Toyota announces major battery investment
Toyota will invest a total of 380 billion yen (just under 2.9 billion euros) in the development and production of batteries for hybrid and electric cars in the USA by 2030. The US investment is part of the global battery roadmap presented by Toyota in September.
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Toyota Motor North America plans to establish a new company in the United States to drive the localisation of battery production. In addition to the new subsidiary, a battery factory is planned jointly with Toyota Tsusho to start production in 2025 – initially for hybrid vehicles. According to the Japanese company, investments amounting to the equivalent of 1.1 billion euros are planned for the construction and commissioning of this plant alone. Up to 1,750 new jobs are to be created at the production facility.
The announced new US-based subsidiary will focus parts of its activities on establishing a local supply chain and “developing and expanding Toyota’s manufacturing expertise in lithium-ion automotive batteries”. The company will initially focus on the production of batteries for hybrid vehicles, he said. Further details on the project, including details on location, production capacity, business structure Toyota plans to announce at a later date.
The investment plan for the USA is embedded in Toyota’s global investment roadmap, which was only amended in September. According to the roadmap, the Japanese company plans to invest a total of 1.5 trillion yen (about 11.5 billion euros) in the expansion of its battery production and in battery development by 2030. In addition, Toyota is increasing its production target for batteries from 180 GWh to at least 200 GWh by 2030.
By comparison, Toyota currently produces batteries with a cumulative energy content in the order of six GWh annually. In terms of electrification, Toyota plans to continue with a mix of hybrids, BEVs and fuel cell cars, contrary to many of its competitors. By 2025, the Japanese carmaker intends to introduce a total of 15 battery-electric vehicles worldwide and expand its electrified model range to more than 70 vehicles worldwide. In Europe, according to Toyota, this will lead to a powertrain mix of more than 70 per cent hybrids, around 10 per cent plug-in hybrids and a good 10 per cent zero-emission models – both battery-electric and fuel cell cars – by 2025.
For 2030, the group also forecasts global sales of eight million electrified vehicles – including two million battery-electric and fuel cell cars. In Europe, only e-vehicles are to be sold at that time, although Toyota assumes that hybrids will still be 60 per cent in demand at that point. For other markets, Toyota continues to keep the drive technology completely open from 2030 onwards.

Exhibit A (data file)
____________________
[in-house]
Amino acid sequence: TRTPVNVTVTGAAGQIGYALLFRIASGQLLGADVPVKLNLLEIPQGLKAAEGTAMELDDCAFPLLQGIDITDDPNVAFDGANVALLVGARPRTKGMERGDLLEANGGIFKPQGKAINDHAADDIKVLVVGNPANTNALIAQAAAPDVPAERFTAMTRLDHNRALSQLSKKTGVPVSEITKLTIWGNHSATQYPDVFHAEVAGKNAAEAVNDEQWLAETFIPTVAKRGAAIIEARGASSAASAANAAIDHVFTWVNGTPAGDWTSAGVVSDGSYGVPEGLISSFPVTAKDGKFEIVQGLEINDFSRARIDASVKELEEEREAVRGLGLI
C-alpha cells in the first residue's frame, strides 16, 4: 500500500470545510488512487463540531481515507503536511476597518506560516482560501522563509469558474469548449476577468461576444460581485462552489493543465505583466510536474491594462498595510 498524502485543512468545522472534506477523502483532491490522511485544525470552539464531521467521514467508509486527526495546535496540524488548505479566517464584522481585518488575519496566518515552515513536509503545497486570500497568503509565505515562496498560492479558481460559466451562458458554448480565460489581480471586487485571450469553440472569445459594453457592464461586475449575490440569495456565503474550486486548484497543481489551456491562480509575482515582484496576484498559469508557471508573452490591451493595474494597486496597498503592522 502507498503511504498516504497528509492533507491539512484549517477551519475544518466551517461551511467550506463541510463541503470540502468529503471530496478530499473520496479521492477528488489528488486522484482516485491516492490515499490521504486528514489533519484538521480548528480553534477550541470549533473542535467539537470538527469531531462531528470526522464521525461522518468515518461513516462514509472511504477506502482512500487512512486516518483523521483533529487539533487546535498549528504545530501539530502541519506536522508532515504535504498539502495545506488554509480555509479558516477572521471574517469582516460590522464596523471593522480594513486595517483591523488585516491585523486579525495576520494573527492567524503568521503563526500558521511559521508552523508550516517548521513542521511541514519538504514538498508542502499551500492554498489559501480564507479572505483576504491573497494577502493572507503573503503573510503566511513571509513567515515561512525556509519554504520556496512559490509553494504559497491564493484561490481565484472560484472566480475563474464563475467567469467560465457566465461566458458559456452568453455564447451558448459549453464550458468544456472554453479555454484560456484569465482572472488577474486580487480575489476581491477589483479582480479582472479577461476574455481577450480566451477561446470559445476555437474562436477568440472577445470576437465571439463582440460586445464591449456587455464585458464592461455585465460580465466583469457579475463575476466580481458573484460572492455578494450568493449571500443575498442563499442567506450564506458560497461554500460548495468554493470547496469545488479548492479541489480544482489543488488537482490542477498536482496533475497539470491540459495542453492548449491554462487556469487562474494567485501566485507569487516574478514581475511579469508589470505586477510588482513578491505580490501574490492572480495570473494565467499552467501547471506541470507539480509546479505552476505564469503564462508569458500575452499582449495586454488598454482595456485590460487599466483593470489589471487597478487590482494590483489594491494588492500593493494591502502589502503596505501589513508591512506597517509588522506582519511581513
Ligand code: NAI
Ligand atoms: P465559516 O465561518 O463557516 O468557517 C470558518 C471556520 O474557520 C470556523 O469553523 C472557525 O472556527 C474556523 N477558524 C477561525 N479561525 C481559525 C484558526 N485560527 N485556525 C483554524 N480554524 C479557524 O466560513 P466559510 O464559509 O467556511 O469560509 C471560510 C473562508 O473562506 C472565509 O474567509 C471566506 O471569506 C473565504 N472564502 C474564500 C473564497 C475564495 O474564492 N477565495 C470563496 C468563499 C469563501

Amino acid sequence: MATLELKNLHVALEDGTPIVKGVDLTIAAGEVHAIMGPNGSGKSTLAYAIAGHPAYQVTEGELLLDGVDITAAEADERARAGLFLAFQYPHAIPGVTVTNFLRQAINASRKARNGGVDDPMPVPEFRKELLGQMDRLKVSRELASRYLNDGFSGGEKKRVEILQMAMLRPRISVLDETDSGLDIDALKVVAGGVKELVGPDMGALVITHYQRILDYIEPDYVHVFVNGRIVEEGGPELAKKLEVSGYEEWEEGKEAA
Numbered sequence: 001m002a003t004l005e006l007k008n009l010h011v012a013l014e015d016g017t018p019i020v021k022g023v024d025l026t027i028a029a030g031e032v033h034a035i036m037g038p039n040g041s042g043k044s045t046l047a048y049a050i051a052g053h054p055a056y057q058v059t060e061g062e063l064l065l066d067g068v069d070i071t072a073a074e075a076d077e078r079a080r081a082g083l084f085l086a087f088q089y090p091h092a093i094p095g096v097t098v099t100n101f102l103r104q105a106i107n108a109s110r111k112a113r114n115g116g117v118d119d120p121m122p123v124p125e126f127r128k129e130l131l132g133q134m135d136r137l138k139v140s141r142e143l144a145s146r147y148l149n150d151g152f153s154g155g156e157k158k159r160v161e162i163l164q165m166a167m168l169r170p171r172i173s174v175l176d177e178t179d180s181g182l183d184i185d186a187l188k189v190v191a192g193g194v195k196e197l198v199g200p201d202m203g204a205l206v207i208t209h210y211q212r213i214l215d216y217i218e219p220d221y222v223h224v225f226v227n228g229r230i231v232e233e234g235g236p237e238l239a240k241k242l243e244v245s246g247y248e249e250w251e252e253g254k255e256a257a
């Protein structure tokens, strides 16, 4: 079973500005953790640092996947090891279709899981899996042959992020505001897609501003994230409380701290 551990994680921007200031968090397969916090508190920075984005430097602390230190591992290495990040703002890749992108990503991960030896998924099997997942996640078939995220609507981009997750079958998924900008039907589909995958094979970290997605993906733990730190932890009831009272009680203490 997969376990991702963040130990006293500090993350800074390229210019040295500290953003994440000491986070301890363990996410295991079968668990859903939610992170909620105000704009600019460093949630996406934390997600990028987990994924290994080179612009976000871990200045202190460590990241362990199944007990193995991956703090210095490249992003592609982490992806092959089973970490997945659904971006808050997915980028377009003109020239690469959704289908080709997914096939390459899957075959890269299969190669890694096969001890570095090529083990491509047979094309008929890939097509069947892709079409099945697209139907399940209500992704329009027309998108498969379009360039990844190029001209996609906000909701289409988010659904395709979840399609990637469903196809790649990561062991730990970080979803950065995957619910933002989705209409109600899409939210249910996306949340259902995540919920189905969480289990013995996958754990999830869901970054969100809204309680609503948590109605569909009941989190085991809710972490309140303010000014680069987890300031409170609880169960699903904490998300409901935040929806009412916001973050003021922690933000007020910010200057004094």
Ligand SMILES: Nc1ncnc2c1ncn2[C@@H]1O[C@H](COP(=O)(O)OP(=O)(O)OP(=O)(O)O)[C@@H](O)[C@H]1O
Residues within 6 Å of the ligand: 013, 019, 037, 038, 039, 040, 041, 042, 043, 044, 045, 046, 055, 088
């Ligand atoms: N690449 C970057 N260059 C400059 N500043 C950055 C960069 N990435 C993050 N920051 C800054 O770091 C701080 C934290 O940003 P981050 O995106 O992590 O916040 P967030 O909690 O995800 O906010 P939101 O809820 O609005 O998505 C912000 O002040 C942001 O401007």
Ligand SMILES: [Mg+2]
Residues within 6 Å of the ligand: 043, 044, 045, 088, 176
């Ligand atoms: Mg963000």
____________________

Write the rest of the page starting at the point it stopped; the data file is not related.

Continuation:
Looking at the US plans, Ted Ogawa, CEO of Toyota Motor North America, expresses that Toyota’s commitment to electrification is aimed at achieving long-term sustainability for the environment, American jobs and consumers. “This investment will help usher in more affordable electrified vehicles for U.S. consumers, significantly reduce carbon emissions, and importantly, create even more American jobs tied to the future of mobility.”
According to internal group statistics, Toyota has sold just over 18.7 million electrified vehicles worldwide to date, including more than 4.5 million in the US. The share of electrified vehicles in US sales volume is currently almost 25 per cent and is expected to rise to almost 70 per cent by 2030. In absolute figures, the company is talking about planned US sales of 1.5 to 1.8 million electrified vehicles in 2030.
Update 07 December 2021
The exact location for the battery factory announced in October has now been determined: it is the Greensboro-Randolph Megasite in North Carolina. The factory is to start in 2025 with four production lines, each of which can supply enough lithium-ion batteries for 200,000 vehicles – i.e. 800,000 vehicles. An expansion to at least six production lines for a total of up to 1.2 million vehicles per year is already planned.
It remains to be seen when construction will begin – so far Toyota has only mentioned the planned start of production. The Megasite industrial park is apparently still under development: on Google Maps, the site still consists of woods and meadows – the images are from 2021. There are also no images of finished infrastructure and buildings on the industrial park’s website yet.
The company does not mention the production capacity in gigawatt hours. The enormous number of vehicles is only possible because, as reported above, batteries for hybrid vehicles are to be produced in Greensboro-Randolph for the time being – the installed capacity per vehicle is thus significantly smaller than for a BEV.
The Japanese reiterate statements according to which Toyota Motor North America and its subsidiary Toyota Tsusho will invest a total of 1.29 billion US dollars (about 1.1 billion euros) in the battery factory and are expected to create 1,750 jobs in the process. The current announcement also indicates that TMNA will hold 90 per cent and Toyota Tsusho ten per cent of the shares.
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